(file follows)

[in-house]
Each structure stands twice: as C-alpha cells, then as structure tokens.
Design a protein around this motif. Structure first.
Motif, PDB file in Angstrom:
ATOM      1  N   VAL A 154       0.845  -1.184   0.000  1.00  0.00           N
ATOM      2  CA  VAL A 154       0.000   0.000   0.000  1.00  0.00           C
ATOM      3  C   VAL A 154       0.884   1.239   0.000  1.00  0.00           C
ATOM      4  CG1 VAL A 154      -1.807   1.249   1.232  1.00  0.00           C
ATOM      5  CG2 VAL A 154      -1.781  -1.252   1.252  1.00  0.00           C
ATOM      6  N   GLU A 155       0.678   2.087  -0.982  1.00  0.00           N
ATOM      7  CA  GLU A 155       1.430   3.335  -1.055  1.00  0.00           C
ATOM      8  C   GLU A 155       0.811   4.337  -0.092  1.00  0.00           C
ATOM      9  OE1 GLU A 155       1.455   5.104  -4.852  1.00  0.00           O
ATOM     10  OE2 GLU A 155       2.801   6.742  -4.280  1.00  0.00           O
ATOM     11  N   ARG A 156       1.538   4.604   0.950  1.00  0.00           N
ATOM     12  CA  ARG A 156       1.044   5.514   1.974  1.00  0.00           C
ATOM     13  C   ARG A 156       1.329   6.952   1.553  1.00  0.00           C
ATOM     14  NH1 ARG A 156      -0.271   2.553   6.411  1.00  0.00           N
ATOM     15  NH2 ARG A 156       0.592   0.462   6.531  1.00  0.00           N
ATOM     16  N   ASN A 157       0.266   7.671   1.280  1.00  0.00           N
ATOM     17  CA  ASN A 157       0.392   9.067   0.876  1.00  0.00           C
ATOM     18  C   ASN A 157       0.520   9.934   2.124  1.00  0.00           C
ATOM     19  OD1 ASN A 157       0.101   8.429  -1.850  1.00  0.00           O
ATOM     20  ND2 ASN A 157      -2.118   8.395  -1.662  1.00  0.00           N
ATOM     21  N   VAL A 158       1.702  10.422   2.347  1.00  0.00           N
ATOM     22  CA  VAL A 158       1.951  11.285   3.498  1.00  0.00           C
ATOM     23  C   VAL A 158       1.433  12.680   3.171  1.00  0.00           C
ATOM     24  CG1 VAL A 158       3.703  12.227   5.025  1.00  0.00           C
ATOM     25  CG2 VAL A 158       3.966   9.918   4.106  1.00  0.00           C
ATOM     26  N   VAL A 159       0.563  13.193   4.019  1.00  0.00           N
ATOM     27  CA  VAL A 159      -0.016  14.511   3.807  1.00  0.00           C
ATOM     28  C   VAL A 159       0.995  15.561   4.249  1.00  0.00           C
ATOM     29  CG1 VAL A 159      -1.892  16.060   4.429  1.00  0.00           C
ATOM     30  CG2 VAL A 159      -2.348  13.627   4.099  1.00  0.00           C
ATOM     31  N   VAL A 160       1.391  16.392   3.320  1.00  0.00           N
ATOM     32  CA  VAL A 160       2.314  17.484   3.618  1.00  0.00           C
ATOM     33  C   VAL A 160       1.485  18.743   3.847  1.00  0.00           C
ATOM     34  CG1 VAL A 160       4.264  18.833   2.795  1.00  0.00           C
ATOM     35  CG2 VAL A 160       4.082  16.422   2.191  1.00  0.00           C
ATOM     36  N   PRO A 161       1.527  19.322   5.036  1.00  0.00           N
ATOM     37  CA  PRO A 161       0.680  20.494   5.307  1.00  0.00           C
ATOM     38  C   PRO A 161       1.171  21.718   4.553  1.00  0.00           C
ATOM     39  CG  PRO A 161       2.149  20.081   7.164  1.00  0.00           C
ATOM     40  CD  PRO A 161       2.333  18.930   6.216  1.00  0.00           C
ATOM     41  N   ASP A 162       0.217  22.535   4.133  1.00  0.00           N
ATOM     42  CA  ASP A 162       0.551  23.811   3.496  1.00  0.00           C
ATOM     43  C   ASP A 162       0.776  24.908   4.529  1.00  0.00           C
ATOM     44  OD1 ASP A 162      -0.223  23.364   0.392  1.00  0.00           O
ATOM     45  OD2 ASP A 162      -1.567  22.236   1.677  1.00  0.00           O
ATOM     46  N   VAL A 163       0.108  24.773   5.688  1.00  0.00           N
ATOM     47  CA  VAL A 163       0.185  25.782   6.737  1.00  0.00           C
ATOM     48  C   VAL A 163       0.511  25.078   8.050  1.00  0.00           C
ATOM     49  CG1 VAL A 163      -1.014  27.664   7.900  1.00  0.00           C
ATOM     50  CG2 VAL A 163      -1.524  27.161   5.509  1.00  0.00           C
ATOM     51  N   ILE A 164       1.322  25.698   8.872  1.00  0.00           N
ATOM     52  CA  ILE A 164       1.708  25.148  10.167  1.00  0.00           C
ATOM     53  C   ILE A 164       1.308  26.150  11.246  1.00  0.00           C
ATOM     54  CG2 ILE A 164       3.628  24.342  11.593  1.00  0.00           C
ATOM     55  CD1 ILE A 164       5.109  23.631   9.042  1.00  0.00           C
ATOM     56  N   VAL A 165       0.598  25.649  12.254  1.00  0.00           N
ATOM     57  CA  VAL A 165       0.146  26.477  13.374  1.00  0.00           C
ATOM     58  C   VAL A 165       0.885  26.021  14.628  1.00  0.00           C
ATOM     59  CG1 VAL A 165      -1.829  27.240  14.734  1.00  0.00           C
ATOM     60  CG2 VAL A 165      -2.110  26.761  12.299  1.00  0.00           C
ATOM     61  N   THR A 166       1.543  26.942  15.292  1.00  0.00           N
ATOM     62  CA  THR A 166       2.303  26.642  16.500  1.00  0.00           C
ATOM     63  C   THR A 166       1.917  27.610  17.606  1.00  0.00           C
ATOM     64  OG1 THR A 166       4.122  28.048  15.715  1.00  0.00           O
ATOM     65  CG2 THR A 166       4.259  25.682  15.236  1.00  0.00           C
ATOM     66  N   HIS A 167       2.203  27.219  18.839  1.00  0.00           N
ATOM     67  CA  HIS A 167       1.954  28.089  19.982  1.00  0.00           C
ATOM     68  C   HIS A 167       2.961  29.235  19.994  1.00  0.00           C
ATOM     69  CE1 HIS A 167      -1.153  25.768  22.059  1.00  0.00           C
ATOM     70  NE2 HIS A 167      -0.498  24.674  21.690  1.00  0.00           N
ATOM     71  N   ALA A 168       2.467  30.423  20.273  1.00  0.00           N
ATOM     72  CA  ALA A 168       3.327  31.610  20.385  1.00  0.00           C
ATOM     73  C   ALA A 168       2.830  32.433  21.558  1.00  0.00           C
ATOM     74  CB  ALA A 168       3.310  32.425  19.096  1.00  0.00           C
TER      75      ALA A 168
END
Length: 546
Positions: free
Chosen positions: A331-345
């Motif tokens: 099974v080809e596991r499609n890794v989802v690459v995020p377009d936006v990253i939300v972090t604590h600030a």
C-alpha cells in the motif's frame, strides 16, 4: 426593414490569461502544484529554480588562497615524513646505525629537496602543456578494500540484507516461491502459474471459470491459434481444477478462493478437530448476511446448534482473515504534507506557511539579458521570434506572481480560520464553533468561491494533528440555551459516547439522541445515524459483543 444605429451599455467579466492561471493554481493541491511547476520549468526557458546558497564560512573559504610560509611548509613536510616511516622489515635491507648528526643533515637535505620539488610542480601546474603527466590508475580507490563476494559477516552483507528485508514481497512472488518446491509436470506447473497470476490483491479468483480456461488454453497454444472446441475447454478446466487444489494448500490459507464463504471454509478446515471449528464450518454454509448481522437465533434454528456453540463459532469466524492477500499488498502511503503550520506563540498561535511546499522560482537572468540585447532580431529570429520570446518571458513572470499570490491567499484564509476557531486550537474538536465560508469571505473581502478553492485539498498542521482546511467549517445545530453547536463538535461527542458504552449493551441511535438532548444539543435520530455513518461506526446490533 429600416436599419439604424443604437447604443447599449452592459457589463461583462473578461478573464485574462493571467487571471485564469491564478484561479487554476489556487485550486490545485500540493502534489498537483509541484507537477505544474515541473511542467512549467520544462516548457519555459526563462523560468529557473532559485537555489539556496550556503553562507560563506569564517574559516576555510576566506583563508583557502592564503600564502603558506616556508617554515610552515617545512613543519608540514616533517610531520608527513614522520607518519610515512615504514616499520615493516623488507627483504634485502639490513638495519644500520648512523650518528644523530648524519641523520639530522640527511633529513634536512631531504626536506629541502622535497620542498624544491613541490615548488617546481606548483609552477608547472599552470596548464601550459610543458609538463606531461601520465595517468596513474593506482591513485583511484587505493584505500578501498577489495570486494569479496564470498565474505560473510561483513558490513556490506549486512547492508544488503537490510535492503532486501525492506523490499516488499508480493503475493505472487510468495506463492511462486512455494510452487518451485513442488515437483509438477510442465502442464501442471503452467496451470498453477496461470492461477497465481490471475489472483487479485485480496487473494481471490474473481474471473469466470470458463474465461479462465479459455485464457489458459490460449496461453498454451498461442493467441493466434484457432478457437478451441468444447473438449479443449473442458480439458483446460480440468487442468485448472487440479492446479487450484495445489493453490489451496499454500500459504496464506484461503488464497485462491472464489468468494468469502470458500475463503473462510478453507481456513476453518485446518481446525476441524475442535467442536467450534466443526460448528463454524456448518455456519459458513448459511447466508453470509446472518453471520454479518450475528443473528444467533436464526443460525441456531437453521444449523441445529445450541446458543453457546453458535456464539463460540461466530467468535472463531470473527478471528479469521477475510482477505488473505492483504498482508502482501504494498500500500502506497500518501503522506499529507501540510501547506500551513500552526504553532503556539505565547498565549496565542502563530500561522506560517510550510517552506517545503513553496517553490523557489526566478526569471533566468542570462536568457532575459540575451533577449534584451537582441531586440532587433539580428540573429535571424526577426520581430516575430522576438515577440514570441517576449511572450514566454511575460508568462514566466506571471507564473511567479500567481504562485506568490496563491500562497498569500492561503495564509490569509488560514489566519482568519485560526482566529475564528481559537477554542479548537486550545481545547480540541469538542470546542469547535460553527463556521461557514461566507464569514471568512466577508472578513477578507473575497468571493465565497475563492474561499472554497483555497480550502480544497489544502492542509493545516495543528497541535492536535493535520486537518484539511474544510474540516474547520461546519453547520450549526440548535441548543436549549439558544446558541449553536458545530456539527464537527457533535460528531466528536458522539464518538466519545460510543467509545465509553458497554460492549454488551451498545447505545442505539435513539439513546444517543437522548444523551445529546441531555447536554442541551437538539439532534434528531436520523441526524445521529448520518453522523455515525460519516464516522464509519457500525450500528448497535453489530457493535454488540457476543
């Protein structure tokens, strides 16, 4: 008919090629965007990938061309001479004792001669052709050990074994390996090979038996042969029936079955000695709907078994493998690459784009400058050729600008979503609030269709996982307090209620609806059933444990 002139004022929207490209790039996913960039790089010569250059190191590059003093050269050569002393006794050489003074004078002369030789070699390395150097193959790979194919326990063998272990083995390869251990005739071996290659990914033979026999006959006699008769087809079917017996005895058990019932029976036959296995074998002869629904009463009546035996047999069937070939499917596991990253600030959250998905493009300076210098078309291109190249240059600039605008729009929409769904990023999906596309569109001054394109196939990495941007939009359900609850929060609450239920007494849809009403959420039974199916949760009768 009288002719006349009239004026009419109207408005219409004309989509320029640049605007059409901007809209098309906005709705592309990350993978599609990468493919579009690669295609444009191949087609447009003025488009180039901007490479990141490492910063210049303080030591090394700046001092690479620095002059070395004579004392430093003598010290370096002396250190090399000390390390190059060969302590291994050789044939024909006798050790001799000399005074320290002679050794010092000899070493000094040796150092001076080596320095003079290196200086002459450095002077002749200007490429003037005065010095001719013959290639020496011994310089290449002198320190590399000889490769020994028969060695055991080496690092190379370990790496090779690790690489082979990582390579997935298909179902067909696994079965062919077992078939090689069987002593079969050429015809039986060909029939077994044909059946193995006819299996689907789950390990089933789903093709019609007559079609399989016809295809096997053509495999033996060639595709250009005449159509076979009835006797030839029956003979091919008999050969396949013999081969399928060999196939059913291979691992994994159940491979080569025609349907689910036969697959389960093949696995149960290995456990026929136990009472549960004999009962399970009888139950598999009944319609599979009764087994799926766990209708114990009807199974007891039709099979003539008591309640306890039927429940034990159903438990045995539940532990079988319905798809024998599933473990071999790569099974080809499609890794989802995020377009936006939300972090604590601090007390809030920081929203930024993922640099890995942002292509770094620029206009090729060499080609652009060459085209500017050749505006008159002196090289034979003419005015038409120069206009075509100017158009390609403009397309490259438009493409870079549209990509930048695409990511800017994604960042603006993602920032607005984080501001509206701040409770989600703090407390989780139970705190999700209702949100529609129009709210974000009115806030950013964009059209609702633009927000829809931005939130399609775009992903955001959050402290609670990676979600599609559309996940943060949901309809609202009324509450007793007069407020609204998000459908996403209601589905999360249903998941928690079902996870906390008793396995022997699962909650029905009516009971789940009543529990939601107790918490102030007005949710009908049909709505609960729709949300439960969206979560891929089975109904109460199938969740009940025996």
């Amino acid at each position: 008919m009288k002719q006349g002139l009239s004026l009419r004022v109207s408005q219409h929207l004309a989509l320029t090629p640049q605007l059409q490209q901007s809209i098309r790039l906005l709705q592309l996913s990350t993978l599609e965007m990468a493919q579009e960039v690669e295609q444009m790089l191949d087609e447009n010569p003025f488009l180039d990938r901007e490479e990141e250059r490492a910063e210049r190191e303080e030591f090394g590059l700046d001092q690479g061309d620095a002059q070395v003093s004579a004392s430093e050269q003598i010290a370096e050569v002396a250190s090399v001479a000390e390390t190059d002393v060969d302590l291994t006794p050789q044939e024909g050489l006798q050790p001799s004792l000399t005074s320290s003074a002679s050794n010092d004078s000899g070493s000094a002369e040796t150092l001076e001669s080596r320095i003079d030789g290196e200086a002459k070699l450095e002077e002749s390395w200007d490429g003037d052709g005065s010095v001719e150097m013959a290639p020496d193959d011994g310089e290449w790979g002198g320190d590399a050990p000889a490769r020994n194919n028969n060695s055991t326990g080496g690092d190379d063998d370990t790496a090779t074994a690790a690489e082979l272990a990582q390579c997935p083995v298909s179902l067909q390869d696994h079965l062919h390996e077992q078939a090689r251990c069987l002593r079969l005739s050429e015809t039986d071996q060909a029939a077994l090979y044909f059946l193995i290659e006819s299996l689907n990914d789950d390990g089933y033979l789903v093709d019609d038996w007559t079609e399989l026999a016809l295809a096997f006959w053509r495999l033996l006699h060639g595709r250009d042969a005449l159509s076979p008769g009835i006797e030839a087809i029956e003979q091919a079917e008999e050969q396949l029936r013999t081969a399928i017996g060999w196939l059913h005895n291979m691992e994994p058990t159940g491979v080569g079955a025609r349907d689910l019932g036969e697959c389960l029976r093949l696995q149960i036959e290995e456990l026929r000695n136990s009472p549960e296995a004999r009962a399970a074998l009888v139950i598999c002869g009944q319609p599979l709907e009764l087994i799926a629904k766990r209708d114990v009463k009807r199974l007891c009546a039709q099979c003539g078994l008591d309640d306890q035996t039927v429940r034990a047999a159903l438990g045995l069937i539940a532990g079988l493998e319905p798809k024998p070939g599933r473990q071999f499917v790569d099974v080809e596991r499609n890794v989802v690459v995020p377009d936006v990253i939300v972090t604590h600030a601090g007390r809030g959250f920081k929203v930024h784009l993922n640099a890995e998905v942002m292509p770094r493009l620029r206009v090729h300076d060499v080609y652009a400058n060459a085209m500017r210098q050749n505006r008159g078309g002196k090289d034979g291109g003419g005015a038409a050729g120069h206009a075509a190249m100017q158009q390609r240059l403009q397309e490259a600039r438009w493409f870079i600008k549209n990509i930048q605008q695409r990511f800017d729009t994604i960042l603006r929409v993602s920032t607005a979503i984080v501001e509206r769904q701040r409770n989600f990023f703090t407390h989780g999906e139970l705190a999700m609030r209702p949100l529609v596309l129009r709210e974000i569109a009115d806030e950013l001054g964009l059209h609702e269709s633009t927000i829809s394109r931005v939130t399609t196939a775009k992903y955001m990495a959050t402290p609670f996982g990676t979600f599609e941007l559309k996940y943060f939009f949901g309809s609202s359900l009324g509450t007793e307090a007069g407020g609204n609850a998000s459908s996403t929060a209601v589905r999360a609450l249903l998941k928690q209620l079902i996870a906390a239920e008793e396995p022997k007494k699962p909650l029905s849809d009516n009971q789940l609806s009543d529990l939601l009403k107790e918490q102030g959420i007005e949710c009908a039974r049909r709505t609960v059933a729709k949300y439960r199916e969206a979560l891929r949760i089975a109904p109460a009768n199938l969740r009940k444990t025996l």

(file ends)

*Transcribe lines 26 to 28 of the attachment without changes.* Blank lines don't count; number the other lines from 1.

ATOM     22  CA  VAL A 158       1.951  11.285   3.498  1.00  0.00           C
ATOM     23  C   VAL A 158       1.433  12.680   3.171  1.00  0.00           C
ATOM     24  CG1 VAL A 158       3.703  12.227   5.025  1.00  0.00           C